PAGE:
A look at Norwich's past on the eve of the census deadline
PUBLISHED: 17:00 26 March 2011 | UPDATED: 15:39 27 March 2011
The census of 1801 came to Norwich at a time of rejuvenation, a time when the provision of sewers and the beginning of slum clearances were being introduced, minimum standards of housing were being put in place and it was the start of a system of free education for all.
History of the census
- In 1800 John Rickman was responsible for drafting the first Census Act (also known as the Population Act), which resulted in the taking of the first national census of England, Wales and Scotland on March 10, 1801.
- The legislation behind the first census and three that followed did not require the recording of names.
- The pre 1841 censuses were no more then headcounts.
- The census was divided into two parts. The first part was to take an account of the total number of people within Great Britain. The second was to be completed by the rector, vicar, curate or other officiating minister of each parish to build up a picture of the progressive increase of diminution of the population.
- The 1920 Census Act allowed for a census to be taken every 10 years without needing to pass an individual Act each time.
- The most recent census was taken in 2001.
- The 1981 census included just 21 questions, which over half were nearly identical to the questions asked one hundred years earlier in 1881.
That census asked only a handful of questions which painted a very bare picture of life in Norwich but now, more than 200 years later, the census explores the city and its people in much more detail.
Although the first official census was produced in 1841, the first to be taken under the support of the General Register Office (GRO), and also the first census of England, Scotland and Wales to record the names of every inhabitant, the 1801 census is still useful and covers some of the facts that are asked for in the census today.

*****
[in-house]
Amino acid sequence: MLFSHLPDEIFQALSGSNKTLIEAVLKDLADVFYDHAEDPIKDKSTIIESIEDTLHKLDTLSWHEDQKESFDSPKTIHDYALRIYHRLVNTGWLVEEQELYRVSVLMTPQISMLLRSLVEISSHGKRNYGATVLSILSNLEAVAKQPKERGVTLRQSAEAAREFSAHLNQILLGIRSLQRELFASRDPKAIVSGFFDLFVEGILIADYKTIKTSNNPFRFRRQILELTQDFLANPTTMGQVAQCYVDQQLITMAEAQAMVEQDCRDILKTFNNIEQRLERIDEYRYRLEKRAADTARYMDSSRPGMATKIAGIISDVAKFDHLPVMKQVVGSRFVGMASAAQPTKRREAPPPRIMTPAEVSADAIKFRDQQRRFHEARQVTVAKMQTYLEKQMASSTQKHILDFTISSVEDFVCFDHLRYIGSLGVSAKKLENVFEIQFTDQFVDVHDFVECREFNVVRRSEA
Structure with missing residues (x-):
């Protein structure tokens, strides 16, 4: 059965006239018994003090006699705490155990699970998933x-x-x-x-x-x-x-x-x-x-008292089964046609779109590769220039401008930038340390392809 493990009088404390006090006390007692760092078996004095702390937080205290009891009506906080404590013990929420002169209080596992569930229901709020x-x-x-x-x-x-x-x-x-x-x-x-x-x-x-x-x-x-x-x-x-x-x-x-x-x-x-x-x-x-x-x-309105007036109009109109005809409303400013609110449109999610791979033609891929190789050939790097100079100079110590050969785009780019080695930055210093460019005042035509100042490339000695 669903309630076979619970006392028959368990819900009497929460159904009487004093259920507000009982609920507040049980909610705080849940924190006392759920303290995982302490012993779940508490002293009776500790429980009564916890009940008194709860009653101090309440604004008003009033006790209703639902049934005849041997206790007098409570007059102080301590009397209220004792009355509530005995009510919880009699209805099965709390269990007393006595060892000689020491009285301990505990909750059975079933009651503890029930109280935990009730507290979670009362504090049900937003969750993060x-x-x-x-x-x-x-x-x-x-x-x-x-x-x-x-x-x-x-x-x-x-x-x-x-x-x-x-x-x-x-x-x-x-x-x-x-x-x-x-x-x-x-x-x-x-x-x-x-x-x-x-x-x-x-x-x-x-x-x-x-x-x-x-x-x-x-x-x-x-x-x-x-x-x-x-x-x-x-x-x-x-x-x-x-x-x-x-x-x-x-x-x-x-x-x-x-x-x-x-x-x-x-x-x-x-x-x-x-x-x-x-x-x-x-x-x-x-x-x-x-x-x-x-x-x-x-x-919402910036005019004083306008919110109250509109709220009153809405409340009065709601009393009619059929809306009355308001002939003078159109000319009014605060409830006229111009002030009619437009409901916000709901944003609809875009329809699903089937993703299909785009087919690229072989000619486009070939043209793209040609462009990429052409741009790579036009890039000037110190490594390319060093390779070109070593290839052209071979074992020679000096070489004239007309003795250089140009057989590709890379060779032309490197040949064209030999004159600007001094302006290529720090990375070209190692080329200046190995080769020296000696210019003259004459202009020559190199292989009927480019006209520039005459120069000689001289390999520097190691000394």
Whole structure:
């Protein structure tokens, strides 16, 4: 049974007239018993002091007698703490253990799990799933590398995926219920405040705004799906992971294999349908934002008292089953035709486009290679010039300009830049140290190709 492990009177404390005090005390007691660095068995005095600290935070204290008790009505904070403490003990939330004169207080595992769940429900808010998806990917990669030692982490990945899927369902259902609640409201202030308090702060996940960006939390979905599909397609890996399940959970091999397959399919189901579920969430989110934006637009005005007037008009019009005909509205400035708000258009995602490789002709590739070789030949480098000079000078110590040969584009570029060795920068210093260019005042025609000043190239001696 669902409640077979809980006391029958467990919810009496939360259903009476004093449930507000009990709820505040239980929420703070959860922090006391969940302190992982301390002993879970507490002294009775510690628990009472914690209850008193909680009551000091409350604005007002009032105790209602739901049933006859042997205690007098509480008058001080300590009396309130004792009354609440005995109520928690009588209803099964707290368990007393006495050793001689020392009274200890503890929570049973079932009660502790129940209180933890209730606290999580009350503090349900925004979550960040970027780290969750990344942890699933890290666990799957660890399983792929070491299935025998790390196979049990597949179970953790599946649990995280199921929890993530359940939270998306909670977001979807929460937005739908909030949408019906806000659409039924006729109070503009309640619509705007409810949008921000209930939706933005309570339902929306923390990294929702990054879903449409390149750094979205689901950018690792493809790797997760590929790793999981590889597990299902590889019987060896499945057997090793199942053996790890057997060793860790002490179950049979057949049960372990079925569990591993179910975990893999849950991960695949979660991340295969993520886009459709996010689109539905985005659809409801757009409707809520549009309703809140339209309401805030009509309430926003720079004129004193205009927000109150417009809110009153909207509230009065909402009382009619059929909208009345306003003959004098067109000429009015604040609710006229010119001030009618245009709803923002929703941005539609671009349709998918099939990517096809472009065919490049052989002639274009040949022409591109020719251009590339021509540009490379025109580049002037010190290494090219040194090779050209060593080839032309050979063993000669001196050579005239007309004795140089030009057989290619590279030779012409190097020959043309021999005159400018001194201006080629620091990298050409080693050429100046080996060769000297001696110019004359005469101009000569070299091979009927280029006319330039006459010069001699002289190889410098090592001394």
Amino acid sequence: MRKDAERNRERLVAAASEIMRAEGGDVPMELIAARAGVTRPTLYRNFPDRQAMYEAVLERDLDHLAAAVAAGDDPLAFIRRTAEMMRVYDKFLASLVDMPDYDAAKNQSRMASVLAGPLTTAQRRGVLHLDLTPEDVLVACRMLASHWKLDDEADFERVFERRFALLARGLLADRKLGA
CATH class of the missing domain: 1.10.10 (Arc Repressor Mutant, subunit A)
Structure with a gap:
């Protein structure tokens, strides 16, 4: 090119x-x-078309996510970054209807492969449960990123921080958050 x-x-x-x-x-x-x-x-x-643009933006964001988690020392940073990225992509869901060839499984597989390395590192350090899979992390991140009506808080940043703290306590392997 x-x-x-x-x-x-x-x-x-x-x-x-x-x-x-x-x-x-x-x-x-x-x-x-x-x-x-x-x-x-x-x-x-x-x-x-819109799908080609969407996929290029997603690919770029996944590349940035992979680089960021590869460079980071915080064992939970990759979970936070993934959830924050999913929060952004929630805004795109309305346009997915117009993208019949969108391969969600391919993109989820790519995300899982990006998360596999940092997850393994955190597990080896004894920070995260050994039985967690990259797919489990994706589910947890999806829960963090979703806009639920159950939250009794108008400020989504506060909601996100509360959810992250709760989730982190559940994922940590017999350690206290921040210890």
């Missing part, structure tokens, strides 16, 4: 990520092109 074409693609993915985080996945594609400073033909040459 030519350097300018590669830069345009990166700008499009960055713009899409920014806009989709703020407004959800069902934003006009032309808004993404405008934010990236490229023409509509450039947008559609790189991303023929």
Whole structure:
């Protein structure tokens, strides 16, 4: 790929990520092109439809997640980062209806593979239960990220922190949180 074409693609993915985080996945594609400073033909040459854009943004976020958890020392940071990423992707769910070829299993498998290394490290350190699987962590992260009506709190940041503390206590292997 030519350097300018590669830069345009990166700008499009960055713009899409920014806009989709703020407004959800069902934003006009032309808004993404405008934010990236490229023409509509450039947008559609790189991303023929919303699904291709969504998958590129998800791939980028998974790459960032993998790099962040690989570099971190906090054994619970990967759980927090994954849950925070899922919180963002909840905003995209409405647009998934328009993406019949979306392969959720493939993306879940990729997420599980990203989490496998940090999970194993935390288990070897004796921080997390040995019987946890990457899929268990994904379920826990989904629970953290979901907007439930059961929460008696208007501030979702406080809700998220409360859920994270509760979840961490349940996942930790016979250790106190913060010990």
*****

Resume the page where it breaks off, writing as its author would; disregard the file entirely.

The questions asked in 1801 were very simple but were ambitious for the time. Primarily used as a headcount, the census looked at the number of houses (inhabited and uninhabited), the number of persons (separate counts of males and females) and the number of persons ‘chiefly employed’ in three categories (agriculture, trade, manufacture or handicraft, everything else).
The questions asked in the 20th century censuses reflect the concerns of the government of the time.
While the 19th century censuses had focus on health, poverty and mobility, now the emphasis has shifted towards social class.
Norwich is able to draw on a number of sources when looking into its history. In 1929 William De Caux bequeathed to Norwich Library 60 portfolios of historical material relating to the Norwich parishes, collected by Edward A Tillett. The collection became bound in 42 volumes and is one of the first sources for investigating inquiries relating to Norwich history.
Also 100 years ago, on March 11, 1911, Arthur Collins, a city engineer, presented the annual report of his department’s activities for the year.
The report revealed that the new sewage and surface water sewers for Catton, Sprowston and Eaton had been completed, that they city’s area was 7,906 acres, and the estimated population was 125,136.